Riksaasen Dahl takes over.
Scandinavia's first female bishop, Rosemarie Kohn, also from
Norway, was consecrated in 1993. Kohn will also take part in the
festivities to mark Riksaasen Dahl's consecration.
Today most Nordic countries have female bishops. In addition to
Norway, Sweden has two, Denmark has one, and the Lutheran bishop
of Greenland, a self-governing Danish territory, is also a
woman. However, Iceland and Finland do not have women bishops.
Riksaasen Dahl was appointed to the Tunsberg diocese in
September last year to succeed Bishop Sigurd Osberg, who retired
in December after 12 years at the head of the diocese.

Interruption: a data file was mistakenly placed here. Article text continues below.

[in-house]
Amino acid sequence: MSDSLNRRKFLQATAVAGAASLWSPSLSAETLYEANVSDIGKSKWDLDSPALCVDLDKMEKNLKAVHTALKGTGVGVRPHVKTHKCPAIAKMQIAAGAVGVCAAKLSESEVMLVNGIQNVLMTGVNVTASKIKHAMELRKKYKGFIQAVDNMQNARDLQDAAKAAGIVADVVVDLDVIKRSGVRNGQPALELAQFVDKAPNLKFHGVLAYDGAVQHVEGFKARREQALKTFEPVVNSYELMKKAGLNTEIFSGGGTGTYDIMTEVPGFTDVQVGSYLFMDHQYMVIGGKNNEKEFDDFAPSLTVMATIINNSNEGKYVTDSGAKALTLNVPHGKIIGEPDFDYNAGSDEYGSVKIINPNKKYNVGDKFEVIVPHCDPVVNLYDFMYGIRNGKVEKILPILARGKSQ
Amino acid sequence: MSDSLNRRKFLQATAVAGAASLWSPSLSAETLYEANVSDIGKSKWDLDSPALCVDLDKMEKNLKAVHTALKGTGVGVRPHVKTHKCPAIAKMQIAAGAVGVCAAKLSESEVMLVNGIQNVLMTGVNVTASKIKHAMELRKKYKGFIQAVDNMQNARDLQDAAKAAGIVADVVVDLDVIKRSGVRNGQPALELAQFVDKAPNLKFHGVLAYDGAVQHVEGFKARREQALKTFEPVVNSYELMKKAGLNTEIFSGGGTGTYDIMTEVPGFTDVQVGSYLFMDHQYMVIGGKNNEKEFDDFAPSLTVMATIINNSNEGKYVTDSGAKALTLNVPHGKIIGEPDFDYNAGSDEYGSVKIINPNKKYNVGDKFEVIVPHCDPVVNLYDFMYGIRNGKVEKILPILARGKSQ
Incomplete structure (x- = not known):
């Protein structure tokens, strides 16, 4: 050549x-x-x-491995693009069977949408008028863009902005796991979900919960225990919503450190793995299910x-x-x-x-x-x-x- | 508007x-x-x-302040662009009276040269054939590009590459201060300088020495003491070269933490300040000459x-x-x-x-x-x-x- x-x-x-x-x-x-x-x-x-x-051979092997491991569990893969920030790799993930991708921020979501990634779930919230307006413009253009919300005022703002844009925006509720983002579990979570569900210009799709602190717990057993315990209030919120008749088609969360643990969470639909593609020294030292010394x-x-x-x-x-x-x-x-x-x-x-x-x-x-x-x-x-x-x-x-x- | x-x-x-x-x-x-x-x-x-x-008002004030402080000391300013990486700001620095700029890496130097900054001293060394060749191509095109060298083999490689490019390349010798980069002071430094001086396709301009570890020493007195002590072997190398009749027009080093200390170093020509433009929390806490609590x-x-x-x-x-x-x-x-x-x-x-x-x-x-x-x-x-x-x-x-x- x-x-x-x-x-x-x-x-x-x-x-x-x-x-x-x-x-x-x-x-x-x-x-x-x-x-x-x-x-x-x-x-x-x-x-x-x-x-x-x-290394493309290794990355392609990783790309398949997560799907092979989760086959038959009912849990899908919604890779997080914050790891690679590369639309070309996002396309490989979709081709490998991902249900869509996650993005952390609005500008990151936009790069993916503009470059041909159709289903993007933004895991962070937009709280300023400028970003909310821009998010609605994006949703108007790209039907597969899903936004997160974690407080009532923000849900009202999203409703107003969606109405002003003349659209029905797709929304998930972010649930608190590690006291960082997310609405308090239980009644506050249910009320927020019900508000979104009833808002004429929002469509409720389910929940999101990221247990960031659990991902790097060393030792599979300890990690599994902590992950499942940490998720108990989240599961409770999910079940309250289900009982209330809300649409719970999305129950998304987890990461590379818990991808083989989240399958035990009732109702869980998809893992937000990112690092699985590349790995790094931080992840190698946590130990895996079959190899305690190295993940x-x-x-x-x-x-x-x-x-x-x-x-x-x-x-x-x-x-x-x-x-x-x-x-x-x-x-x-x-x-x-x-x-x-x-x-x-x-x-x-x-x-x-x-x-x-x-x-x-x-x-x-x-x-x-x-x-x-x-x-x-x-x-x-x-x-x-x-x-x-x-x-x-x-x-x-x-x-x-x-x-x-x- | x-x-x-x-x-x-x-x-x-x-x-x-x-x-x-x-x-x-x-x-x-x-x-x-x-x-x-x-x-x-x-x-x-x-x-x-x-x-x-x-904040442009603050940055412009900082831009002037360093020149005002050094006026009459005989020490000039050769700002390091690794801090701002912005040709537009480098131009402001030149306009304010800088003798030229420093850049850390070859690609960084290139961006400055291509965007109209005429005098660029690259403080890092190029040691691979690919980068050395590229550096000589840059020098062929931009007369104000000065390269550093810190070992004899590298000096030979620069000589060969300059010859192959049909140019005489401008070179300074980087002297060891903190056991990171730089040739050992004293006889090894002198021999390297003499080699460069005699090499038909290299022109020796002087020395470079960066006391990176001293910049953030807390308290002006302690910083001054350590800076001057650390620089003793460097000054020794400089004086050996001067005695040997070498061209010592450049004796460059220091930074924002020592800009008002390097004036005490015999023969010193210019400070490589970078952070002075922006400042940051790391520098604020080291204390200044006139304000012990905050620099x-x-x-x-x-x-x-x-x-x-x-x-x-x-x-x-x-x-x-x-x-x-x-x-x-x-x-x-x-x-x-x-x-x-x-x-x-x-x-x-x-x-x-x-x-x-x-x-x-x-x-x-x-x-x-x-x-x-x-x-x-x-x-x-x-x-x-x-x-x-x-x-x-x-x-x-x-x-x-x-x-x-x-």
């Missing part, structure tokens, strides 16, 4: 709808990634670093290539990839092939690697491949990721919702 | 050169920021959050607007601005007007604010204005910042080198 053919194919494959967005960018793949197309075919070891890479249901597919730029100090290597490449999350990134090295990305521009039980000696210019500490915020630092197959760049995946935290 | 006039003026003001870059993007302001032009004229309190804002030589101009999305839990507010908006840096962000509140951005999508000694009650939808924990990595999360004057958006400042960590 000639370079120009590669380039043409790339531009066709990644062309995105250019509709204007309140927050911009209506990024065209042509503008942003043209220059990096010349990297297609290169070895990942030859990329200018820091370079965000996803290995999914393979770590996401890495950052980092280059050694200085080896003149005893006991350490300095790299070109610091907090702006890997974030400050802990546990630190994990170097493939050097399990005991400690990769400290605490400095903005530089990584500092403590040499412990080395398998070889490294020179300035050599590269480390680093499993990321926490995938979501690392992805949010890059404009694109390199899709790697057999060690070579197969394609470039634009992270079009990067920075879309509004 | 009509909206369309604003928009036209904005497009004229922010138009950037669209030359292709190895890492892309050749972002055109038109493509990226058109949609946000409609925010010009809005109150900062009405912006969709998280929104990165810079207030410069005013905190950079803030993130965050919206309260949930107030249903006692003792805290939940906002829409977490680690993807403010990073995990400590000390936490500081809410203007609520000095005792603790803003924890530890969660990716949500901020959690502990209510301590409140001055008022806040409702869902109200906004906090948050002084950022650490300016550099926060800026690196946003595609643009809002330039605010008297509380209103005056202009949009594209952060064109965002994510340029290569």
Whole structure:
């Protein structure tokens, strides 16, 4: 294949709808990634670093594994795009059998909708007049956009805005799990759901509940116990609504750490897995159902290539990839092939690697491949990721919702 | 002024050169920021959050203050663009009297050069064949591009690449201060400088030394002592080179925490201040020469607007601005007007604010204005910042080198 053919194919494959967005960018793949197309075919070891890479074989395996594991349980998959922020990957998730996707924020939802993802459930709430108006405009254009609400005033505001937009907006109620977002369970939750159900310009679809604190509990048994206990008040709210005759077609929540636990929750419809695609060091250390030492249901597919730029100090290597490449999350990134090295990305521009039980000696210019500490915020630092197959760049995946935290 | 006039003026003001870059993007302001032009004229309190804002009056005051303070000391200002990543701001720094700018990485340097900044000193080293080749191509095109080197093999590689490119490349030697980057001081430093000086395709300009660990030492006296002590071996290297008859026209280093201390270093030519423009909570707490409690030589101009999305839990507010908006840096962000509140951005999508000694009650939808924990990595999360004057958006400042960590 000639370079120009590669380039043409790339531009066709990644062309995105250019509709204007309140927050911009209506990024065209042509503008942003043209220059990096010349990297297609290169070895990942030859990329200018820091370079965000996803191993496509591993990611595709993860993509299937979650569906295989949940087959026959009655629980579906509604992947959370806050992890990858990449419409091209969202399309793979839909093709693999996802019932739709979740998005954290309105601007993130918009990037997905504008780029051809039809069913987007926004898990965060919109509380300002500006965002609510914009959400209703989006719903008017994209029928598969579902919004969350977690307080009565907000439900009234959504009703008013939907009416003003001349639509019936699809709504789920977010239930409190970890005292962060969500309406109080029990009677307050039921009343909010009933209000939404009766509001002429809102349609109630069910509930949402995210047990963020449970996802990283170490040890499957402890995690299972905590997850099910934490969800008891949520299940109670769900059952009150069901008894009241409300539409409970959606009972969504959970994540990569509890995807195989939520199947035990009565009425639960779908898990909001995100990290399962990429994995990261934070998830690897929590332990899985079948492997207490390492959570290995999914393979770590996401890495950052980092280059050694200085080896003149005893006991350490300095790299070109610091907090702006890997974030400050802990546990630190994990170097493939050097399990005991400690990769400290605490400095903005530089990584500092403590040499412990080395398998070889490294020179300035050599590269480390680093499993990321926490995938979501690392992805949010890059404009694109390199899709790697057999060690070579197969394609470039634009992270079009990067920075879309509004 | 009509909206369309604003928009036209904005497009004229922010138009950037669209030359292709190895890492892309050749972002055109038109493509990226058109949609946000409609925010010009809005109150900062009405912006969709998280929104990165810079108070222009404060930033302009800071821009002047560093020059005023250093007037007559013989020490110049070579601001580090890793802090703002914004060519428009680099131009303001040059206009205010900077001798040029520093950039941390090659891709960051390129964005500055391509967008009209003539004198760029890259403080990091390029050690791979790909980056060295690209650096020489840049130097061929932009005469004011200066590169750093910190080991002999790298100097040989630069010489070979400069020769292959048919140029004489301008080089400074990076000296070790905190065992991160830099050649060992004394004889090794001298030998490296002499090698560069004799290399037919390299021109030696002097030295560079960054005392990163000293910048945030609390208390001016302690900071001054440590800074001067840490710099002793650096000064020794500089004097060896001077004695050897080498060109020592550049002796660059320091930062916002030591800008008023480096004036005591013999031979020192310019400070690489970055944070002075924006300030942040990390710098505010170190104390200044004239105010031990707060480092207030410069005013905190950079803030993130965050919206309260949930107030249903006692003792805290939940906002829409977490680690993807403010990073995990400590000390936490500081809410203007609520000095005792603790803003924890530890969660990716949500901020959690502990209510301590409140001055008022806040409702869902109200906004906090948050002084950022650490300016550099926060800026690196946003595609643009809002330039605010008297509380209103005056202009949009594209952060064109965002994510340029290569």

Riksaasen Dahl has served as a parish priest since 1995. She has
university degrees in mathematics and chemistry, and has been a
school teacher as well as a lecturer at the Norwegian Lutheran
School of Theology.
The Church of Norway has 11 dioceses, each headed by a bishop.
Today, about 15 per cent of the Church of Norway's pastors are
women, but more than half of the theological students are
female, Lutheran World Information reported. Women make up 40
per cent of the Church of Norway's national council.
African Church leaders share concerns on AIDS
(CAPA) More than 35 Anglican Church leaders from across Africa
converged in Uganda last month for a crucial workshop on
strengthening church leadership for HIV/AIDS prevention and
The meeting, which was the first of its kind in bringing
together representation from all Anglican provinces in Africa,
was aimed at enhancing the capacity of church leaders to plan